Monday, December 8, 2008

Gender, Peace, and Conflict by Dr. Arvinder Ansari

Presented November 15, 2008 at the Visva-Bharati International Conference on Women

"Women bear multiple identities and these identities are defined and re-defined in context of nation, race, gender, community and ethnicity. it is a well-recognized fact that women suffer in social-conflict on account of their gender and on account of their religion. Women may serve as the symbolic figuration of a nation. They are also seen as embodiments of male honour and as such become a site of contestation for this honour. Hence, the defense of women and children becomes and rallying slogan of men going to war, as women from opposing factions fall victim to rape and other sexual atrocities when represented as guardians of the 'race' and nation.

Women not only signify and demarcate juridical, political, cultural and psychic boundaries of a national collectivity, but they inscribe these boundaries in and through a myriad of cultural practices, their assumption of particular feminized subject positions, their relationship to the upbringing of children and involvement in religious and other ritualistic practices that construct and reproduce particular nations of tradition.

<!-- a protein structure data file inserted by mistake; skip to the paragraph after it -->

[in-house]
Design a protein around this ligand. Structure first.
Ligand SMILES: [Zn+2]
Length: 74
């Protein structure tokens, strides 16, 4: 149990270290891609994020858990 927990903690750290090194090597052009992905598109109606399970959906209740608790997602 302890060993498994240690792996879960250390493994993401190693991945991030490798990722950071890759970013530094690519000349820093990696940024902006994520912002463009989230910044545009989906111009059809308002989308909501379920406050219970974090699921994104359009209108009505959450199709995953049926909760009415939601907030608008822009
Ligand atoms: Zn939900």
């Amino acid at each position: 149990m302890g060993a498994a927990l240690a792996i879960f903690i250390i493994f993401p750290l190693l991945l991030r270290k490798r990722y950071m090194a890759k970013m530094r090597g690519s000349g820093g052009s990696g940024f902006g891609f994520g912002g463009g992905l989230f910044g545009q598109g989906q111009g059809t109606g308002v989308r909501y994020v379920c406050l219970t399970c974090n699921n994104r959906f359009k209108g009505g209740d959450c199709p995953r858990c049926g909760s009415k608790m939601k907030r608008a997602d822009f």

Women are considered a property and their sexuality is the most prized possession of the patriarch she suffers during the collective violence due to her sexuality and in the aftermath on account of her gender. During the times of collective-violence, ethnic-conflict and civil war, women become target of attack not as women but as the property of the Patriarch or as the icon of community honour. Women's sexuality is here attacked so as to teach men of the community a lesson that, as the natural guardians of women, they are not able to protect their women and must suffer the loss of their social property.

Women are very important for the reconstruction of the community. It is true that they witness the killing of their male members: their kith and kin are wiped out and the entire fabric of their socio-cultural existence is torn asunder. Women are left companionless and shelter-less and thrown into an alien environment. Under riot-torn conditions, when women's emotional and material world is destroyed, they are left with additional burdens. Thus, violence and social conflict not only affect women physically but also increases their responsibilities. As the scale of ethnic and social-conflict causalities has risen, both women's suffering and their responsibilities have increased.

Making visible women's experiences in situations of violent conflict, their agency in managing survival and reconstruction and women's notions of security and peace, is necessary to get due recognition for women's experiences as a resource and a space in formal politics for mainstreaming gender in the peace building process."

Dr. Arvinder A. Ansari
Associate Professor
Department of Sociology
Jamia Millia Islamia